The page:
His production designer Dominic Watkins had put together a book of concept art for their version of the film, which would have updated the Cold War-era story to the present day and been filmed in a realistic, almost documentary-like style. It would've been a far cry from Zack Snyder's slavishly faithful page-to-screen translation from 2009, that's for sure!


The differences in style between Tim Burton and Joel Schumacher's Batman films are glaringly obvious for all to see. Burton's aesthetic is all Gothic excess, with Gotham City moving from a grimy, crime ridden city with menacing art deco touches in Batman to a full-on wintry Gothic wonderland in Batman Returns.

By contrast, Schumacher's Gotham was a neon hellscape in Batman Forever, with a much more vivid color palette. By the time Batman & Robin came around, there wasn't even a hint of Gotham's usual foreboding atmosphere, which is why these initial concept designs by Mary Locatell (who worked as a visual effects artist on both Schumacher films) are so interesting. They look much more akin to Burton's style choices than Schumacher's.


As hard as it is to believe now, Tim Burton actually flirted with the idea of putting Robin in one of his Batman films. In the original conception of Batman Returns, Bruce Wayne would have met a garage mechanic who wore a familiar 'R' logo on his overalls, and he would've become the Dark Knight's sidekick.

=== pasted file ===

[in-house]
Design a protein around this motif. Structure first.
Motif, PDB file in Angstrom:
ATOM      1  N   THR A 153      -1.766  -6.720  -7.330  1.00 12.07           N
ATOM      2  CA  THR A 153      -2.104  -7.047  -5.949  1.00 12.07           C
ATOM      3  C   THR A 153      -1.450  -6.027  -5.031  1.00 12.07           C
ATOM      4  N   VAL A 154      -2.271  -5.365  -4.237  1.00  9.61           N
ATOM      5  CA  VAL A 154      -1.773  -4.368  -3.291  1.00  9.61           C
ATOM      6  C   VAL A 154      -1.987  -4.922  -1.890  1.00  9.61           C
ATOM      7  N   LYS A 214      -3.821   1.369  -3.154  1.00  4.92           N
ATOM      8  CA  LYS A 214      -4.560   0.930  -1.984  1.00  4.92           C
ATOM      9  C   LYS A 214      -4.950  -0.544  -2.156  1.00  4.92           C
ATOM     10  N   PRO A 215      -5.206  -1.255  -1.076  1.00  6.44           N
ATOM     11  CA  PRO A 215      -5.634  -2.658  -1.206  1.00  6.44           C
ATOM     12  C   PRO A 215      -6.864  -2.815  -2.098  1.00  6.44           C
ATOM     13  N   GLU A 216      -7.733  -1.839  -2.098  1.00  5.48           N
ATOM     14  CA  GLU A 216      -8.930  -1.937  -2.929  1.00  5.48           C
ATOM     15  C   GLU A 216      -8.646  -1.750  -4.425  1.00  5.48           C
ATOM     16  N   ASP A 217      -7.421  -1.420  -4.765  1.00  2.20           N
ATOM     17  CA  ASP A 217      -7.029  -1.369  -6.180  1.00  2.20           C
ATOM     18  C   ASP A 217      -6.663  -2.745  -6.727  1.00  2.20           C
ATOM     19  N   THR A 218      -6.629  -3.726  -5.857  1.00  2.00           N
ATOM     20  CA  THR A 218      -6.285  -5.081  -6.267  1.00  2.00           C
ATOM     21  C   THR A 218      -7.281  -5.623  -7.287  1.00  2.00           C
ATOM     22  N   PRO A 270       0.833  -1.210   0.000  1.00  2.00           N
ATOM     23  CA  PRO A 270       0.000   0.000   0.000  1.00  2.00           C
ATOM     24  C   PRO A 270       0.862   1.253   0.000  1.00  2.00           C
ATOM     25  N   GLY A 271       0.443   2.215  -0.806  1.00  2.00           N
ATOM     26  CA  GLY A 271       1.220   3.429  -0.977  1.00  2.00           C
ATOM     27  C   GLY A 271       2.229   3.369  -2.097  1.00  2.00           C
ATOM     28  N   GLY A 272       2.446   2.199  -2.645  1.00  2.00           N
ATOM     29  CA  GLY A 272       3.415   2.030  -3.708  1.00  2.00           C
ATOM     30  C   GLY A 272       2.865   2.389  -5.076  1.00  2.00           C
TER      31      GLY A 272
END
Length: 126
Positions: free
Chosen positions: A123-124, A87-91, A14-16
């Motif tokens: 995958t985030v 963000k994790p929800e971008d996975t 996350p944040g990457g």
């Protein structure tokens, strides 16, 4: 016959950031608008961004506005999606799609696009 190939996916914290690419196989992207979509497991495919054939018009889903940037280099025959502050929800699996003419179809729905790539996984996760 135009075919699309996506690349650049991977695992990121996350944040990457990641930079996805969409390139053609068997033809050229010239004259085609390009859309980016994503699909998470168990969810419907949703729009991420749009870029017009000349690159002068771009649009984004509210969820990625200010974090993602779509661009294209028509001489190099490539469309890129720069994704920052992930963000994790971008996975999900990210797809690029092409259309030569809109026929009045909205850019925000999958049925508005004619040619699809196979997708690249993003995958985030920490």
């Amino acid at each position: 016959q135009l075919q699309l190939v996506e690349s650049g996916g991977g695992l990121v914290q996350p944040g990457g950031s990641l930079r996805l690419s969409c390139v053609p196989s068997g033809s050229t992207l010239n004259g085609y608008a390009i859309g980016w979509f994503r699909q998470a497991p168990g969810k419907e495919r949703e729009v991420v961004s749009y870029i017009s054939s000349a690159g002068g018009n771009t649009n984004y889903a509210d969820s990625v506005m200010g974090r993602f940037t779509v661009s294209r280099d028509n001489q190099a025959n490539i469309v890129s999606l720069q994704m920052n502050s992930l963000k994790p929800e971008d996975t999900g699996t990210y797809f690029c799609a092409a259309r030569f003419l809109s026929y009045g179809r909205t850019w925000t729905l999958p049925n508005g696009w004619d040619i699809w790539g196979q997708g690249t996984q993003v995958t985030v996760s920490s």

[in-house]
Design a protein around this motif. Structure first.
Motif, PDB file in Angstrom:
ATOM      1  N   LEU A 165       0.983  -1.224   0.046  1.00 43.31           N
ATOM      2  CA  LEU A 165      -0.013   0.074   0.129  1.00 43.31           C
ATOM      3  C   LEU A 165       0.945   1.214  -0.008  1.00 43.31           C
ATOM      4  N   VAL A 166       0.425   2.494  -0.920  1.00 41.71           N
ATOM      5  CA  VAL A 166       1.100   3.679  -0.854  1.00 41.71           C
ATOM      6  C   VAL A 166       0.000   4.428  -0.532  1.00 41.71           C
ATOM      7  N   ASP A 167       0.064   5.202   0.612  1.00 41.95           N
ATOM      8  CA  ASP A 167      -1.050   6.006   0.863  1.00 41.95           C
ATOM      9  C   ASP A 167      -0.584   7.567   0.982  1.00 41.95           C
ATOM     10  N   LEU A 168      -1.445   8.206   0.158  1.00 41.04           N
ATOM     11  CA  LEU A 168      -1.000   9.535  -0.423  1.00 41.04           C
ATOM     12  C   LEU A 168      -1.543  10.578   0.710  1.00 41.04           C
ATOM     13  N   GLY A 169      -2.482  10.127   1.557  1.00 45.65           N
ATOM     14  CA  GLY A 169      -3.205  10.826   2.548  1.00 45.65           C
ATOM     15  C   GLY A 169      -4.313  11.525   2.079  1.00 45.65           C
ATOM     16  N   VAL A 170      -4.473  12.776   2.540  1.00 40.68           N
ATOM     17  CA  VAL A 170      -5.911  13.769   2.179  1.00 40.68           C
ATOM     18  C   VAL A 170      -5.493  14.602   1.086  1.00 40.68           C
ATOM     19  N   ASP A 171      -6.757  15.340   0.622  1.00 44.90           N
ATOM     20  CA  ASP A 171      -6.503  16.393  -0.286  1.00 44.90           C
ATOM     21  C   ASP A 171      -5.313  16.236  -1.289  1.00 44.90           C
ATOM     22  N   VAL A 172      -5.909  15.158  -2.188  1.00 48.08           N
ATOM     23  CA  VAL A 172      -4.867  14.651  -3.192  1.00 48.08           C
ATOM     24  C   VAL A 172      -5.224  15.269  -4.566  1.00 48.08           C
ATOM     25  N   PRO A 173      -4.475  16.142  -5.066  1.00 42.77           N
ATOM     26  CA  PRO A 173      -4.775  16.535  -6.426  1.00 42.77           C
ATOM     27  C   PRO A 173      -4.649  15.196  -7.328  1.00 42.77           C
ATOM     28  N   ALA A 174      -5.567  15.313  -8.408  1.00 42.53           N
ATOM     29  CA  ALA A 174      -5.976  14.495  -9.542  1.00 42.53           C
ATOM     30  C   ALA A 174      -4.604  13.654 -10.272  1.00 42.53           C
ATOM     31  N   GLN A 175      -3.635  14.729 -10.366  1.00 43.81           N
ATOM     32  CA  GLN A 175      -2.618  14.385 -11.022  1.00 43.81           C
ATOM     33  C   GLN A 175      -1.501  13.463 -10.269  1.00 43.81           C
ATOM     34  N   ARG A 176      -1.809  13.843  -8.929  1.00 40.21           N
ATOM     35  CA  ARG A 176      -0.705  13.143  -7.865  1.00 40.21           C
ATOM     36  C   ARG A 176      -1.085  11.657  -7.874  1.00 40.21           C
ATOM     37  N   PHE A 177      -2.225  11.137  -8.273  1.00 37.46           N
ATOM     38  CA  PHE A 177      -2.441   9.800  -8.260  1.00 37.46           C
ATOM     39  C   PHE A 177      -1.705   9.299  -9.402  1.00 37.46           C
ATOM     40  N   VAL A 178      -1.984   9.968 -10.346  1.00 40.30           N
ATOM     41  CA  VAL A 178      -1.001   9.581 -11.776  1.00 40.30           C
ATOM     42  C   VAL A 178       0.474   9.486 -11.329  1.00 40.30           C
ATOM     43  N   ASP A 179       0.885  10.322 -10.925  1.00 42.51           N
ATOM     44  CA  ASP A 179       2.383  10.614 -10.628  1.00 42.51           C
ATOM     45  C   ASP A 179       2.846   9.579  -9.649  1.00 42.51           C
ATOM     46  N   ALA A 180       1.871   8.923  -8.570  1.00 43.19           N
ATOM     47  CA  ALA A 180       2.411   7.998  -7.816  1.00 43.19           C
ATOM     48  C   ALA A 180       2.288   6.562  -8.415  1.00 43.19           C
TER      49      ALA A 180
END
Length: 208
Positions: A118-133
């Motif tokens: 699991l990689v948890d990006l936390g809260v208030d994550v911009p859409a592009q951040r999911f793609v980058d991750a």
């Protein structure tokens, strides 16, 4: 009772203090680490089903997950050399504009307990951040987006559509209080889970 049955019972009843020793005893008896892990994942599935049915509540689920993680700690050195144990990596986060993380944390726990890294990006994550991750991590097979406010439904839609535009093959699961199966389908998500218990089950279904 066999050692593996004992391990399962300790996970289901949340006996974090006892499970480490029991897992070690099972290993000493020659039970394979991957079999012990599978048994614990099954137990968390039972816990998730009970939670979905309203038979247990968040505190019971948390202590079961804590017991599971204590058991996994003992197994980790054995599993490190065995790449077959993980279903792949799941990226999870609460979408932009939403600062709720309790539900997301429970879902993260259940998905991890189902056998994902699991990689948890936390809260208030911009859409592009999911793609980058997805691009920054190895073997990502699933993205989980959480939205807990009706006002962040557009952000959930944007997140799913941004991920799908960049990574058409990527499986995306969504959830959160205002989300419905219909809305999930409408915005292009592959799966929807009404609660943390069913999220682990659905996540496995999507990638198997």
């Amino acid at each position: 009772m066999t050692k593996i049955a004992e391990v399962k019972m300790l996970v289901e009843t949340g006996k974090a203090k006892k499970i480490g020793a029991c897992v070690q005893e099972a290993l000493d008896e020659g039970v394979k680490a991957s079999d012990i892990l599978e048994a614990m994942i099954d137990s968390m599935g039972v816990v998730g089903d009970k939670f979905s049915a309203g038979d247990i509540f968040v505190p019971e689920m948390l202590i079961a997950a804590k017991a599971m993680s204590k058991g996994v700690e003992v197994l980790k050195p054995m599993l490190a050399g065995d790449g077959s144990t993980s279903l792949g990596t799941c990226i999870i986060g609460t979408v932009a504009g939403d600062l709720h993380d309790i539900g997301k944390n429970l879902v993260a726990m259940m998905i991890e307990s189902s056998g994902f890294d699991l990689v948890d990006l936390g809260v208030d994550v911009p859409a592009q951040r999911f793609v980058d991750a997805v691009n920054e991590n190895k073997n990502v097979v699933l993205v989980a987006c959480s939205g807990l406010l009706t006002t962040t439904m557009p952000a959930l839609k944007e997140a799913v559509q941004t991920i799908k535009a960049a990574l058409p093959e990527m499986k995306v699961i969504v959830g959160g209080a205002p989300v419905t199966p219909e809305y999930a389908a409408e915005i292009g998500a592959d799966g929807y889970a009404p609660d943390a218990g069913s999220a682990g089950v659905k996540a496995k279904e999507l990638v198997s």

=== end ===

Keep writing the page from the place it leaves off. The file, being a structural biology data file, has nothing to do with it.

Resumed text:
Actor Marlon Wayans (Requiem For A Dream) was even cast in the role and attended a costume fitting. Burton scrapped the character as he was worried the movie already had too many characters in it, but Wayans was then lined up to be in Burton's third Batman movie... before he was ousted in favour of Joel Schumacher and Chris O'Donnell was cast.


In May 2015 a crowdfunded documentary debuted entitled The Death Of Superman Lives: What Happened?. Directed by the late Jon Schnepp, the documentary detailed the production history of Tim Burton's Superman Lives, a project that came very close to fruition in the mid-'90s.

The project has gone down in geek history as one of the great 'what if' movies, as it would have featured three notable villains (Lex Luthor, Brainiac and Doomsday) and the script was said to have been pretty out there --  it certainly wouldn't have been anything akin to the Christopher Reeve Superman movies. Proof of this is that premier Hollywood eccentric leading man Nicolas Cage was signed to play Superman, and even did costume fittings.